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The Works of the Rev. Jonathan Swift/Volume 19/From Jonathan Swift to Francis Atterbury - 3

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MY LORD,
DUBLIN, MARCH 24, 1715-16.
 


AS much as your lordship's thoughts and time are employed at present, you must give me leave to interrupt them, and, which is worse, for a trifle; though, by the accidents of time and party, of some consequence and great vexation to me. I am here at the head of three and twenty dignitaries and prebendaries, whereof the major part, differing from me in principles, have taken a fancy to oppose me upon all occasions in the chapterhouse; and a ringleader among them has presumed to debate my power of proposing, or my negative, though it is what the deans of this cathedral have possessed for time immemorial, and what has never been once disputed. Our constitution was taken from that of Sarum; and the knowledge of what is practised there in the like case would be of great use to me. I have written this post to Dr. Younger[1], to desire he would inform me in this matter; but, having only a slender acquaintance with him, I would beg your lordship to second my request, that the dean would please to let me know the practice of his cathedral, and his power in this point. I would likewise desire your lordship to let me know how it is at Westminster, and the two other cathedrals with whose customs you may be acquainted.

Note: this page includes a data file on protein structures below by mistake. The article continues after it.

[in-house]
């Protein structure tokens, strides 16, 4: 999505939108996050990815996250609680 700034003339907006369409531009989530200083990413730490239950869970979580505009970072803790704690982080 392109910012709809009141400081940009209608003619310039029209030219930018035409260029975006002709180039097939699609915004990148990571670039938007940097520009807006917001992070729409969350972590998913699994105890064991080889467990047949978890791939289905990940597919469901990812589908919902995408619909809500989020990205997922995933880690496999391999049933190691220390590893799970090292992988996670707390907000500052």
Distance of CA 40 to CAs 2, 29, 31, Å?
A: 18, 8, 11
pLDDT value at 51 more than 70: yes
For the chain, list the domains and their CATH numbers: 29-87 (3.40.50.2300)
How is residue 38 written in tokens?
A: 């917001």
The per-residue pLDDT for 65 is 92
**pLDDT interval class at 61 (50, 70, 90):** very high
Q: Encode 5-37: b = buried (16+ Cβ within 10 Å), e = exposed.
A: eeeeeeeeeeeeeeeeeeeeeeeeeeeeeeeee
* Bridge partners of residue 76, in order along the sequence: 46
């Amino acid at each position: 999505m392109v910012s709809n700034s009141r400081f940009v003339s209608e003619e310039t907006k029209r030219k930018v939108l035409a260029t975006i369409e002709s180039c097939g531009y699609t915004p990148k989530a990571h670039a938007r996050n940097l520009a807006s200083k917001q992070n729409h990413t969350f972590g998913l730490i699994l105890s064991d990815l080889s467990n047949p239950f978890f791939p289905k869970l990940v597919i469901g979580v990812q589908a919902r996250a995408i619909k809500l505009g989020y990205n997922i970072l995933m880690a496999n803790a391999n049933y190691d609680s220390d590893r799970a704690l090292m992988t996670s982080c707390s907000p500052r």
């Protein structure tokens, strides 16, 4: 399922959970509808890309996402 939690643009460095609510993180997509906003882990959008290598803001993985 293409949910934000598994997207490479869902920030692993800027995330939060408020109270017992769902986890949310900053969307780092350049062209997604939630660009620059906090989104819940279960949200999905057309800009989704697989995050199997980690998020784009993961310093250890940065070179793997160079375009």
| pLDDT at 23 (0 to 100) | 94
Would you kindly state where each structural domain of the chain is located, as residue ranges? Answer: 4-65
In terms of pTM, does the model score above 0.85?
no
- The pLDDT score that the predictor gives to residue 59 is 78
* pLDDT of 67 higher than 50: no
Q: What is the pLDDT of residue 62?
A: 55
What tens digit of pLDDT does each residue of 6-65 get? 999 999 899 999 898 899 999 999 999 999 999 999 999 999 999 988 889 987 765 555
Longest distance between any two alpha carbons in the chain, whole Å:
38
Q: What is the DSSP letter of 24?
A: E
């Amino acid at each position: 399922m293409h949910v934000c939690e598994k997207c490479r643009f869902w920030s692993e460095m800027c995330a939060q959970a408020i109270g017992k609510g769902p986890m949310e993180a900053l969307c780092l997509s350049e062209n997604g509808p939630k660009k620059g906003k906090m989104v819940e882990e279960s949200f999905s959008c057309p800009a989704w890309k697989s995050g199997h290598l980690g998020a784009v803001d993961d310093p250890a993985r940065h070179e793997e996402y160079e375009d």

Pray, my lord, pardon this idle request from one that loves and esteems you, as you know I do. I once thought it would never be my misfortune to entertain you at so scurvy a rate, at least not at so great a distance, or with so much constraint:


"Sis felix, nostrumque leves [I do not like quicunque[2]] laborem:
Et quo sub cœlo tandem, quibus orbis in oris
Jactemur, doceas[3]."


The greatest felicity I now have is, that I am utterly ignorant of the most publick events that happen in the world:


"Multa gemens[4] ignominiam plagasque," &c.


I am with the greatest respect and truth, my lord, your lordship's most dutiful and most humble servant,


  1. D. D. of Magdalen College, Oxford. He obtained the deanery of Salisbury in 1705; died Feb. 27, 1727-8, and was buried under the south isle of St. Paul's cathedral, without any monument.
  2. The quæecunque of Virgil was more favourable to the zealous admirers of the memory of queen Anne.
  3. "But tell a stranger, long in tempests toss'd,
    What earth we tread, or who commands the coast."

    Dryden, Æn. i, 457.

  4. This phrase seems to have been deeply impressed on the dean's mind. He uses it again, in a letter to Mr. Pope, Oct. 30, 1727; "I forgave sir Robert a thousand pounds, multa gemens." The line above is from Virg. Georg. iii, 226.
  5. Bishop Atterbury's answer to this letter, dated April 6, 1716, is printed in vol. XI, p. 438.